Cold Room Conversions
by Keith Tripp, 2020
A client recently asked about converting their cold room space to use as conditioned storage space or a wine cellar. Cold rooms are typically located underneath the front entrance porch and stairs. The walking porch surface is the concrete ceiling of the cold room. The sides of the cold room are poured concrete , similar to the main foundation walls. Brick is sometimes installed on the sides of the cold room walls above ground, but this is installed as decoration and is not required to be a draining veneer wall.
Here are some of the some considerations for converting a cold room here in the Greater Toronto Area, Ontario, Canada.
- Cold rooms were not built as living space, and are often subject to water leakage especially under entrance stairways where there will be melting snow in the winter
- Cold rooms are uninsulated, so require the addition of insulation and vapour barrier and possibly an air barrier if being used as heated space or even a cool space.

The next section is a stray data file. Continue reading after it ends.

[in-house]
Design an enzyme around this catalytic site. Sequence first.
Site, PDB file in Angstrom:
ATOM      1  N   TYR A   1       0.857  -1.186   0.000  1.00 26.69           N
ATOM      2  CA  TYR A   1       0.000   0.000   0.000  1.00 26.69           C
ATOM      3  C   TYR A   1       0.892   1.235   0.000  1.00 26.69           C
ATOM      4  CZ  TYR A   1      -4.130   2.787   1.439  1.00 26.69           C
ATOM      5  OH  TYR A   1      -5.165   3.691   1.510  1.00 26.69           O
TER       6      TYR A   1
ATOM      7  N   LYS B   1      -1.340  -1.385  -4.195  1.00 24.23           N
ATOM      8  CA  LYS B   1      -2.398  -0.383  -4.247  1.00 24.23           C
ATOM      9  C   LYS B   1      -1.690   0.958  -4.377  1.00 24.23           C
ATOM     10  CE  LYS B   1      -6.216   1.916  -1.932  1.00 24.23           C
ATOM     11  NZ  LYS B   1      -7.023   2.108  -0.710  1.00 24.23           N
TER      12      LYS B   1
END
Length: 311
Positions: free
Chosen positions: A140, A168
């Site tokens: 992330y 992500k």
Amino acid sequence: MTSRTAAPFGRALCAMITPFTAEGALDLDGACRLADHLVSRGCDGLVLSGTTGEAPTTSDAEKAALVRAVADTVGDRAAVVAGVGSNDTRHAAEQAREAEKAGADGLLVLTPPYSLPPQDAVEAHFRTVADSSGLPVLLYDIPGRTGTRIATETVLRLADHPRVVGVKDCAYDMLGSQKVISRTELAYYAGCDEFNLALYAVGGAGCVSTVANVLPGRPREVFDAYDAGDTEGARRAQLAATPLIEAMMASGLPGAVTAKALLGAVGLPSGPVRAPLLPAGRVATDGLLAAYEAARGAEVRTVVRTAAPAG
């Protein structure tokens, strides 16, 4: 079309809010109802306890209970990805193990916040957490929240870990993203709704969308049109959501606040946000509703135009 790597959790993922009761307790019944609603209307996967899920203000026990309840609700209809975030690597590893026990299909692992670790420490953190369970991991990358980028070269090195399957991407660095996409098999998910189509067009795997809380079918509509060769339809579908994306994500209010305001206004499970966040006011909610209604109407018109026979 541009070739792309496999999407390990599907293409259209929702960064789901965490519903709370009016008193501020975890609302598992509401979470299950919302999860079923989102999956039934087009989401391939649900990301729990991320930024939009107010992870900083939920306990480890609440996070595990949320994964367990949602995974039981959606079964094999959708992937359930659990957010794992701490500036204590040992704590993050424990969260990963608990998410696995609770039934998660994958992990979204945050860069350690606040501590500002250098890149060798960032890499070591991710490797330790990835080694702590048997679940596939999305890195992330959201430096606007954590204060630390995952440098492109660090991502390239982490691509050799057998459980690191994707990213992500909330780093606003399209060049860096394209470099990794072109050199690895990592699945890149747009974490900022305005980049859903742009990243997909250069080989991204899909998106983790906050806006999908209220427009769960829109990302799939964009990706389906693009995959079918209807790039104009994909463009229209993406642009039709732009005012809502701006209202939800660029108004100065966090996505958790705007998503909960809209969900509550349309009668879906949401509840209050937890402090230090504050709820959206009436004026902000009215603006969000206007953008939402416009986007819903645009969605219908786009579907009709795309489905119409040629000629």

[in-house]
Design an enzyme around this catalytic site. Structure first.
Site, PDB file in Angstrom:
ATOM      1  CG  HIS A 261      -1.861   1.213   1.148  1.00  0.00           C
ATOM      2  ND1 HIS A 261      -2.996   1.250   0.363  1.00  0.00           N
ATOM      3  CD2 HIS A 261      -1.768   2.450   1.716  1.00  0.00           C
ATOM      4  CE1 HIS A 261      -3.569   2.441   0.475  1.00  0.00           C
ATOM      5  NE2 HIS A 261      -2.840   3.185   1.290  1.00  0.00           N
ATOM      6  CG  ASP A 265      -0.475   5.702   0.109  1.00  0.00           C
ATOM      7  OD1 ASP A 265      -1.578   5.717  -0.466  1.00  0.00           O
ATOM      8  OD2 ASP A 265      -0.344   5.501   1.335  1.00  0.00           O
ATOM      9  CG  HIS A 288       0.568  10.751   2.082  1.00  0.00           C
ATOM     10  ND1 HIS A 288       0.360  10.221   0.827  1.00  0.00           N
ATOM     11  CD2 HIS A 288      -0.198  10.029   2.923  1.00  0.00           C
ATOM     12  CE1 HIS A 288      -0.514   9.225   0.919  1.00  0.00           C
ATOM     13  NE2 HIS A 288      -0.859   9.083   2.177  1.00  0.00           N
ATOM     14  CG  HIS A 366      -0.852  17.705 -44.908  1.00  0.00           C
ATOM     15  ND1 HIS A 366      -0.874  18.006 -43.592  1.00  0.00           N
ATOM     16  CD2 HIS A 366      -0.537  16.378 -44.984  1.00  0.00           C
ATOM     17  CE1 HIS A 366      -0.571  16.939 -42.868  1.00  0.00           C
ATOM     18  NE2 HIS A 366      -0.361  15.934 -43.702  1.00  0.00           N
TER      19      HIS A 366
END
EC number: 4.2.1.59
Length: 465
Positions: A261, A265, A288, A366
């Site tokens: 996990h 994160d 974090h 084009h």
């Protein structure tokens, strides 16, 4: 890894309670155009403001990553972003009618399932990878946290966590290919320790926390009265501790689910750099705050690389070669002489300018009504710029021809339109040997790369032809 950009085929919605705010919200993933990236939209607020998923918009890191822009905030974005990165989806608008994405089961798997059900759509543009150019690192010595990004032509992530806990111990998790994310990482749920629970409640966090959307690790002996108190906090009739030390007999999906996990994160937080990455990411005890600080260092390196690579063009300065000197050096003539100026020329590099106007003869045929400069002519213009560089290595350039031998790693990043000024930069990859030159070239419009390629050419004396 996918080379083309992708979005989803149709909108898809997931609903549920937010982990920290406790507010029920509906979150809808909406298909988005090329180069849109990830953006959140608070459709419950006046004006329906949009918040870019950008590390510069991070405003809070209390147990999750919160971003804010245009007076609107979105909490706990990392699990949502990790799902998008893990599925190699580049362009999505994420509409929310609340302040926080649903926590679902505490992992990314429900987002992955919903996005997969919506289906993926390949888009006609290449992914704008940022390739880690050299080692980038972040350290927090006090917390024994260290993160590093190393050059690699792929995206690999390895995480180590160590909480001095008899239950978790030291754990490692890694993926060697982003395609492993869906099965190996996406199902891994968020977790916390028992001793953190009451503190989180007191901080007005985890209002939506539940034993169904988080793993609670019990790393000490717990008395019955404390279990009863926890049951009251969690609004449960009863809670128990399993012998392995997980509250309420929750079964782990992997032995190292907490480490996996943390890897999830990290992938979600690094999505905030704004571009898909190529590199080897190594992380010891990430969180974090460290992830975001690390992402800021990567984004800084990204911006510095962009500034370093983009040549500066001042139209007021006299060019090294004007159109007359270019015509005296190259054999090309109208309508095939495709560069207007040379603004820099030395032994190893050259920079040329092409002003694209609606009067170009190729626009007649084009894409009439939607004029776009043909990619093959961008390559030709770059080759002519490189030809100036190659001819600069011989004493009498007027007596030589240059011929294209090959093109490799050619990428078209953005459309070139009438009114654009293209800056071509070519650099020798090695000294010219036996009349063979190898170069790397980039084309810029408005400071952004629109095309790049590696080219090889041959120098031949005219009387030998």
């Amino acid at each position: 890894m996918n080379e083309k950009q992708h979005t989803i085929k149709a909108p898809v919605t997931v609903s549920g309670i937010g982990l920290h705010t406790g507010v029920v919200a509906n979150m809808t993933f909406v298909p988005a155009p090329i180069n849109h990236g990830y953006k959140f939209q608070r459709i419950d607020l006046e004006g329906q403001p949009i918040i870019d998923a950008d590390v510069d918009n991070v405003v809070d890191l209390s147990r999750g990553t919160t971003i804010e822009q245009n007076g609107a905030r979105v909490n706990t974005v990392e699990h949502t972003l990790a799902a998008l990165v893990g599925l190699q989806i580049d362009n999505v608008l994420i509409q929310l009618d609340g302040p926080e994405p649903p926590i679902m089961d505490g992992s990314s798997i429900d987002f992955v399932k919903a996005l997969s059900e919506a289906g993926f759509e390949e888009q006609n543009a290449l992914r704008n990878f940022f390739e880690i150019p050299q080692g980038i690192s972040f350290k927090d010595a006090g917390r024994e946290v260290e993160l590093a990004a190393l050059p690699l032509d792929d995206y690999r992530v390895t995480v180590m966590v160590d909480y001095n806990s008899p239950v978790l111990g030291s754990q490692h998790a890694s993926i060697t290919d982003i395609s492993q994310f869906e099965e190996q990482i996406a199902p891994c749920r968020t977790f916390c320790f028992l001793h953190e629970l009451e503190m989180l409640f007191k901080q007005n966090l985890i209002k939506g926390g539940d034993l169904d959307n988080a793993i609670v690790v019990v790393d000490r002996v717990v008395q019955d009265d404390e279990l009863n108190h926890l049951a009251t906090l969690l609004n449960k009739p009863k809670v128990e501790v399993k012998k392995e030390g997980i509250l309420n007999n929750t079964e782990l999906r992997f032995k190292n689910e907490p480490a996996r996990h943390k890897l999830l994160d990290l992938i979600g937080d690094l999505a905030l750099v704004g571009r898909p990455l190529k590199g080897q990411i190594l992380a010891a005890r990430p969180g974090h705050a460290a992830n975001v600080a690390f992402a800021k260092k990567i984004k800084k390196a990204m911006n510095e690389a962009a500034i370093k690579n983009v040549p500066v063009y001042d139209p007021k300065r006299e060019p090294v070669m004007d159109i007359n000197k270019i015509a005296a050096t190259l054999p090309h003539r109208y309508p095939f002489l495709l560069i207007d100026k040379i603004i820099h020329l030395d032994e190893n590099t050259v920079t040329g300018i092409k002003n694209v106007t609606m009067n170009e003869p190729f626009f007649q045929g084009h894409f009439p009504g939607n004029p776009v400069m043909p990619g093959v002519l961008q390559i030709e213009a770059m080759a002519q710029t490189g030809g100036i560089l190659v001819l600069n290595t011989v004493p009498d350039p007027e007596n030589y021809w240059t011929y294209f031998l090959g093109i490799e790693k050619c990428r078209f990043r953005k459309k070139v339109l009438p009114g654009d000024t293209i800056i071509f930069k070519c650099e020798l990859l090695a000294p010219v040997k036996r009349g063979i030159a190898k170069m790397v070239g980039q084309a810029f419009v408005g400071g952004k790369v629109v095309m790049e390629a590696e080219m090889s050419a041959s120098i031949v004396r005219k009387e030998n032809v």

- Cold rooms are not built to meet an air barrier standard. To the contrary, they are vented to the exterior. Even though concrete makes a good air barrier, an air barrier may be required to compensate for openings at joints.
- The walls and ceiling of cold rooms are solid concrete, without a vented cladding wall. They are likely to be subject to inward solar driven vapour diffusion. This means vapour barrier selection is important. This would be a good application for a “smart” vapour barrier.
- Cold rooms are vented to the exterior, so if being converted to heated space they require air flow to be connected (so installation of ductwork) and blockage of the venting to the exterior.
- Proper wine storage requires temperature control and usually the installation of a refrigeration unit